With that kind of setup, sparks are obviously going to fly. Age old grudges continue to magnify as new ones quickly form. Love stories grow into love triangles. The show is very entertaining and often edge of your seat, but at its heart is its characterization. Each character comes together in an elaborate tapestry that is 1 part action, 1 part comedy, and 1 part soap opera (in such a good way).
As the series develops, it becomes a model illustration of why people shouldn’t be closed-minded. Daniel and Johnny, neither one, are as bad as the other believes. These two characters are more similar than either would ever admit. During the first two seasons, they slowly dance around a possible bromance, but it all falls apart at the last minute each time they even consider it. These two become the most interesting “Will They, Won’t They” since Ross and Rachel. Daniel and Johnny don’t just blindly hate each other, though. Miguel is an amazingly nice kid, but Daniel refuses to see that. Daniel is a great influence on Robby, but Johnny refuses to admit it.
The closed-minded responses are not reserved solely for the adults though. Misunderstandings abound through this second generation of karate kids. As Robby and Miguel start setting their sites on the same girl, Samantha, they of course grow to hate each other. They can’t see that it’s possible that they’re both good guys. Even nice guy Miquel goes to the dark side and decides to put a hurting on Robby at the All Valley Tournament.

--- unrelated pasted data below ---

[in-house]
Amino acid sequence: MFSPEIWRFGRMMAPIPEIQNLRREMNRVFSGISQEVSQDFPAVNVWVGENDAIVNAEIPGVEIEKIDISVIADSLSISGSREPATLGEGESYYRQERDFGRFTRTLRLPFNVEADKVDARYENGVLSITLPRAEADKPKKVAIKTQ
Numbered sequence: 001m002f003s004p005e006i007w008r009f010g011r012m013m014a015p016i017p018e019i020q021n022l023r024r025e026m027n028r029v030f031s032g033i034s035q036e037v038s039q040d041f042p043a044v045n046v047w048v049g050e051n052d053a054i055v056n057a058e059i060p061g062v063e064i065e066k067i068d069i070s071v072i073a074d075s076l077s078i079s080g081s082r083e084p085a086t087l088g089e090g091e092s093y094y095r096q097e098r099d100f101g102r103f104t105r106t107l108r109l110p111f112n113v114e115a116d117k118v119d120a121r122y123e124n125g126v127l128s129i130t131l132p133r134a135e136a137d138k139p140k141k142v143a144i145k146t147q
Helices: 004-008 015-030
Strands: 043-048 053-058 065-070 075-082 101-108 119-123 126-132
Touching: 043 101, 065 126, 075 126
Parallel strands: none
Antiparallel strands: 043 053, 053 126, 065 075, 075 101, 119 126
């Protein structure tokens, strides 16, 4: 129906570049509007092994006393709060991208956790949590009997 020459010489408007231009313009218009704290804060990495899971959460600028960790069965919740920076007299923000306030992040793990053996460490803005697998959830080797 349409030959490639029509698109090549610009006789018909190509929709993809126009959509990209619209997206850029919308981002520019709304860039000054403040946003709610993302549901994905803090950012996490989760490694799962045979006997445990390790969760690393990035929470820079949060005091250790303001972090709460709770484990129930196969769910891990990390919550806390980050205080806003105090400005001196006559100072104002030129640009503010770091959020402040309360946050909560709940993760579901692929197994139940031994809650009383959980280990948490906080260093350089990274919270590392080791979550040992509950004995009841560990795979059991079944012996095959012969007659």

The series also shows how bullying can affect people beyond just the bullying act itself. Hawk completely transforms from a bullied, powerless kid to an abusive bully himself as he begins to become proficient in karate. Then, in the season 2 finale, new character Tory begins a fight with Samantha in the middle of the school day that leads one main character to the hospital. The show does such a good job showing the negative effects of bullying that it should really be shown in schools to teach valuable life lessons.
It doesn’t matter if you were a fan of the Karate Kid franchise or not, or even if you’ve seen it, the writing and characterization of this show would still pull you in. It’s story telling at its finest. The show is fun and keeps you aching to see the next episode to see which domino will fall next as the characters’ stories keep colliding with each other. The excitement, comedy, and drama are non-stop.
Cobra Kai: Nostalgia + Great Storytelling = Awesomeness
- Writing - 10/1010/10
- Storyline - 10/1010/10
- Acting - 10/1010/10
- Music - 10/1010/10
- Production - 10/1010/10